Today we have a guest editorial as Steve is out of the office and traveling.
The thing with agile is that it is often abused. Agile is a set of principles to encourage rapid, uninhibited progress with the ability to readily change direction in order to meet actual needs when they differ from perceived requirements. In reality it is often executed as an excuse for shortcuts. No documentation. Lack of control. And poor quality. Whilst not unique to the agile movement, I believe that quality is an enabler for productivity. I believe that without a reasonable level of quality you cannot be as productive.
What do I mean by quality? In this instance I mean designs peer reviewed, coding standards followed, automated unit tests, code peer reviewed, automated performance tests, tested scripted deployments and documentation. Which of these or even how much of any of these is down to the specific of the project.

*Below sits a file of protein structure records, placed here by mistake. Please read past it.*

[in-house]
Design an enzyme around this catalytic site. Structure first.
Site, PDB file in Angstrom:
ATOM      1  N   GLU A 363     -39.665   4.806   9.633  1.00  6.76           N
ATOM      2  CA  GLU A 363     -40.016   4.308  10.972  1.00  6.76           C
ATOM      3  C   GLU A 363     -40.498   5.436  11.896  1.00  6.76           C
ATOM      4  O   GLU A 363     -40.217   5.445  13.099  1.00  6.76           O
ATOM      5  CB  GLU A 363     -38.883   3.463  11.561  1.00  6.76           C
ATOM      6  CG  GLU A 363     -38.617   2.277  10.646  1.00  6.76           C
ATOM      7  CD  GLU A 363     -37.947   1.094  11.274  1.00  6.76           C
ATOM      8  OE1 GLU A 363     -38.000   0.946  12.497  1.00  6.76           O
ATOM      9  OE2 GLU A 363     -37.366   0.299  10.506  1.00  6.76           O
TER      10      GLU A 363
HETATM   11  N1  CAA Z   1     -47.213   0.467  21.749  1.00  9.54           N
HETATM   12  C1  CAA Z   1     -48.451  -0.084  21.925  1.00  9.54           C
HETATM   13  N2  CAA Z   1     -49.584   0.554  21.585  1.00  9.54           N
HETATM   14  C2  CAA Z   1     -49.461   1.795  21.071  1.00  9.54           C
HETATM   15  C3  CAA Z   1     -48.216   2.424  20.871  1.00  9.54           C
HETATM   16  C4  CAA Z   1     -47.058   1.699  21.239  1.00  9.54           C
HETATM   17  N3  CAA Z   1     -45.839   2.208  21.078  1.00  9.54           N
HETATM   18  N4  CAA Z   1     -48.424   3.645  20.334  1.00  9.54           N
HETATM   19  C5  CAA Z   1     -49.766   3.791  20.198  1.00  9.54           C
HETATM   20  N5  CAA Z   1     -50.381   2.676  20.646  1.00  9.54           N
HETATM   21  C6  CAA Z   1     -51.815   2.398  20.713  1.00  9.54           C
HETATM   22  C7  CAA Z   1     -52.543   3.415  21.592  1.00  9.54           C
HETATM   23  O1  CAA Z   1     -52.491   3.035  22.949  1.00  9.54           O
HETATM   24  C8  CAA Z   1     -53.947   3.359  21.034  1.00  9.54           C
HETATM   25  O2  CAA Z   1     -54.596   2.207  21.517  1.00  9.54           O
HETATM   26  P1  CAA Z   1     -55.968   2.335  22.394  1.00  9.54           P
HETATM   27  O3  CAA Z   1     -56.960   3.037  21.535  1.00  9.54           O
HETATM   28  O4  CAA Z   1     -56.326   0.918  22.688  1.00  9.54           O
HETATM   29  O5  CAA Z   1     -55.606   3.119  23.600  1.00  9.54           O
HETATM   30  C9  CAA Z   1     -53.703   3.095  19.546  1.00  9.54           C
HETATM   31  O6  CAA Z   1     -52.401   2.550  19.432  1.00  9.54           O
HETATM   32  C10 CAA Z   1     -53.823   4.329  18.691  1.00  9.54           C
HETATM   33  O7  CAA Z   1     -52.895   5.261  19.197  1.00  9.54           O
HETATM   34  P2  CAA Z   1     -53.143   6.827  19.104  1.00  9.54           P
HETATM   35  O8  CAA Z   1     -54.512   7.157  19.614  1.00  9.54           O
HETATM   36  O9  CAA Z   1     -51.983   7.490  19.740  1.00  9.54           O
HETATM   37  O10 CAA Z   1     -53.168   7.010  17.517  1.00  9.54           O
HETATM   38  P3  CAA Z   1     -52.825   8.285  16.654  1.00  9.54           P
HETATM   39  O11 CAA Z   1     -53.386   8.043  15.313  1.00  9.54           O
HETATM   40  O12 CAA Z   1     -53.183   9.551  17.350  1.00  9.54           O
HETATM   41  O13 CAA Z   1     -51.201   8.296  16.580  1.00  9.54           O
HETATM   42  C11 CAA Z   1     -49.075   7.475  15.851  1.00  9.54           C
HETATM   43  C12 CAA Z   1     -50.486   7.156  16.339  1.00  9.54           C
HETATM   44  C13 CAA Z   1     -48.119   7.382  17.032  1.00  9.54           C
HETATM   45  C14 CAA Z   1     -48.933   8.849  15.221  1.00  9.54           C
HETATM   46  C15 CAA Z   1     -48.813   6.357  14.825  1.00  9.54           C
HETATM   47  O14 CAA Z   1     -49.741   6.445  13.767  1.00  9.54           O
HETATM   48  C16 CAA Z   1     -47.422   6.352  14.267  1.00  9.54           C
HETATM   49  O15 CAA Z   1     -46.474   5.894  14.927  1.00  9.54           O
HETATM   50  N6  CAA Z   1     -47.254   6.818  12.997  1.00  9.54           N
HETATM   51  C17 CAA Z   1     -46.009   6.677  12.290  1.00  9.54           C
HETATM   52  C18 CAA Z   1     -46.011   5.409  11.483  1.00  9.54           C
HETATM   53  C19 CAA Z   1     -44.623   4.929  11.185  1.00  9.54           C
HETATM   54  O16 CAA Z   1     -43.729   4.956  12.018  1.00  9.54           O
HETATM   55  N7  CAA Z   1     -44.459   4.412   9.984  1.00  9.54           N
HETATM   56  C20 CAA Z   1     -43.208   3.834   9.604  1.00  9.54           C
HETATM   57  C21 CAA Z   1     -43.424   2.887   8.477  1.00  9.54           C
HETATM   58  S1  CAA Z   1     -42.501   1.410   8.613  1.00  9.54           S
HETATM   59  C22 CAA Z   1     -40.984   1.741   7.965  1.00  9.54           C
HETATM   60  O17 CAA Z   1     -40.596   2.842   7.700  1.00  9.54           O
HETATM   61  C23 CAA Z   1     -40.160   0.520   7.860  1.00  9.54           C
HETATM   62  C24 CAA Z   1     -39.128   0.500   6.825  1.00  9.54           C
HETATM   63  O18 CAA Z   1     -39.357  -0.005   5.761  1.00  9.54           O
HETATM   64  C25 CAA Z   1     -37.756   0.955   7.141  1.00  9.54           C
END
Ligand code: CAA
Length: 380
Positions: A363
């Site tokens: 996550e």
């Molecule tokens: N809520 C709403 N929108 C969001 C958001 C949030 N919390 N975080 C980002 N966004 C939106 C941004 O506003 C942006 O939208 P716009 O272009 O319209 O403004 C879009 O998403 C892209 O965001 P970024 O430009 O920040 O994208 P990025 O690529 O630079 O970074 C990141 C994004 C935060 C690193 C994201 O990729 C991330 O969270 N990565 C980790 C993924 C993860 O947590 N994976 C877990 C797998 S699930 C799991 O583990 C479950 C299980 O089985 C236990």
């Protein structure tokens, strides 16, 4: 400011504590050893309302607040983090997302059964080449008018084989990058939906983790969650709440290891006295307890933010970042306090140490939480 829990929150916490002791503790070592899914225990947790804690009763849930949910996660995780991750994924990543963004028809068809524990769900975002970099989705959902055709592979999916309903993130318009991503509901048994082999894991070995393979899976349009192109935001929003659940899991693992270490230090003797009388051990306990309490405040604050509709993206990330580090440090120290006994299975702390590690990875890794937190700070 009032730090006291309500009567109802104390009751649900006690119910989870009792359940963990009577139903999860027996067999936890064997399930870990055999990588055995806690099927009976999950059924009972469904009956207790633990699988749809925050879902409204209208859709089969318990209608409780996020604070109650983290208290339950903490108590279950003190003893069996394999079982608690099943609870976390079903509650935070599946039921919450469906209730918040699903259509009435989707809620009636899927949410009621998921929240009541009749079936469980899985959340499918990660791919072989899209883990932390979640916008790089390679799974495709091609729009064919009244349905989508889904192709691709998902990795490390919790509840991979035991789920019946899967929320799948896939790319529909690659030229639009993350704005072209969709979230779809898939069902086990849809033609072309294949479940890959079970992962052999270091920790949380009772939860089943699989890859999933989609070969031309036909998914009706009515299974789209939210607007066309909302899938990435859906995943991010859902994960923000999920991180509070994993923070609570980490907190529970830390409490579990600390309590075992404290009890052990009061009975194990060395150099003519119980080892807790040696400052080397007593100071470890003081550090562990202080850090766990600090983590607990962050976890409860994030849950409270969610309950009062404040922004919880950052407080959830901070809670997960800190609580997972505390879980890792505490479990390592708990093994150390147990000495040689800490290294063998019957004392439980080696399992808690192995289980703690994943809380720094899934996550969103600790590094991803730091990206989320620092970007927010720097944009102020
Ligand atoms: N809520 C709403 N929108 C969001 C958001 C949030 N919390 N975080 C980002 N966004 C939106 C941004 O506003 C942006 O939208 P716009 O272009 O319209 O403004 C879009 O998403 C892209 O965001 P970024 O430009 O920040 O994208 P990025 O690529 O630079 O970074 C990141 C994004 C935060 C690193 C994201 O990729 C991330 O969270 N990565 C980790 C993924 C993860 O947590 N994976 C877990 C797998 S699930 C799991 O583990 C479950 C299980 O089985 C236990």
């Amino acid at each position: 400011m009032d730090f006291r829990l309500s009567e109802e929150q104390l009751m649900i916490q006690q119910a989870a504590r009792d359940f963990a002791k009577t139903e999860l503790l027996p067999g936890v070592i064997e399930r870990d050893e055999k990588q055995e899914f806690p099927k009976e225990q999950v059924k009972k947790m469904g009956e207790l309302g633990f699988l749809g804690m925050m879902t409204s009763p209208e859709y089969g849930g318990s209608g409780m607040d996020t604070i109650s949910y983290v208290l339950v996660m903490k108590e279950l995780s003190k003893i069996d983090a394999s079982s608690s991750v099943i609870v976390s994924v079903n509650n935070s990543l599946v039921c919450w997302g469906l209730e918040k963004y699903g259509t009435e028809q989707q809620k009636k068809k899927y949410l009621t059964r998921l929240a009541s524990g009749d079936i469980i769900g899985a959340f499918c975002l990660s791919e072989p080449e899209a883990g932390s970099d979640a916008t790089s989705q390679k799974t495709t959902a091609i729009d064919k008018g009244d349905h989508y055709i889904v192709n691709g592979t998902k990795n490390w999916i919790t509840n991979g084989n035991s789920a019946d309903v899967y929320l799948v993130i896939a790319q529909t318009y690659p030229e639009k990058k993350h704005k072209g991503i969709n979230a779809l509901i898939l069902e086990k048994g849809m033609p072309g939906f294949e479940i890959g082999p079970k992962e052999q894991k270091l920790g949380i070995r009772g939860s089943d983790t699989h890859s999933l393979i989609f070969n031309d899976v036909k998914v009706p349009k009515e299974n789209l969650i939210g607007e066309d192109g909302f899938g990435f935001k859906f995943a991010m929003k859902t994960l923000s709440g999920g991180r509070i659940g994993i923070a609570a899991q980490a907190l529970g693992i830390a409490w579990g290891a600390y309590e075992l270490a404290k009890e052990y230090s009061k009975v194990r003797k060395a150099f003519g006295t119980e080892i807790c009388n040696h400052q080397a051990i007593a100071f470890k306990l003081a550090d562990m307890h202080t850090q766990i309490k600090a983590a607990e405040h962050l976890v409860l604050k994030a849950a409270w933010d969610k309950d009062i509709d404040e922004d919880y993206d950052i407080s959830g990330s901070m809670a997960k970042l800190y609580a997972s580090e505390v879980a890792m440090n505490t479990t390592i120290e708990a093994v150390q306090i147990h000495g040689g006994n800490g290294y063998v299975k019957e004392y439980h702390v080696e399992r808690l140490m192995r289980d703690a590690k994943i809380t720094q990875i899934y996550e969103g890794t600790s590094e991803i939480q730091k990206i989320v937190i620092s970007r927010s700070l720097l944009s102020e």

I am probably saying this to an audience that, if you believe the cliches, is most likely to agree. DBAs like the safe bet. In direct opposition to the mantra of "if its going to be late it might as well never turn up", many lean more towards "late is better than not getting there". Although I am not a DBA but a pesky developer, I tend to lean towards the latter. Quality improves productivity.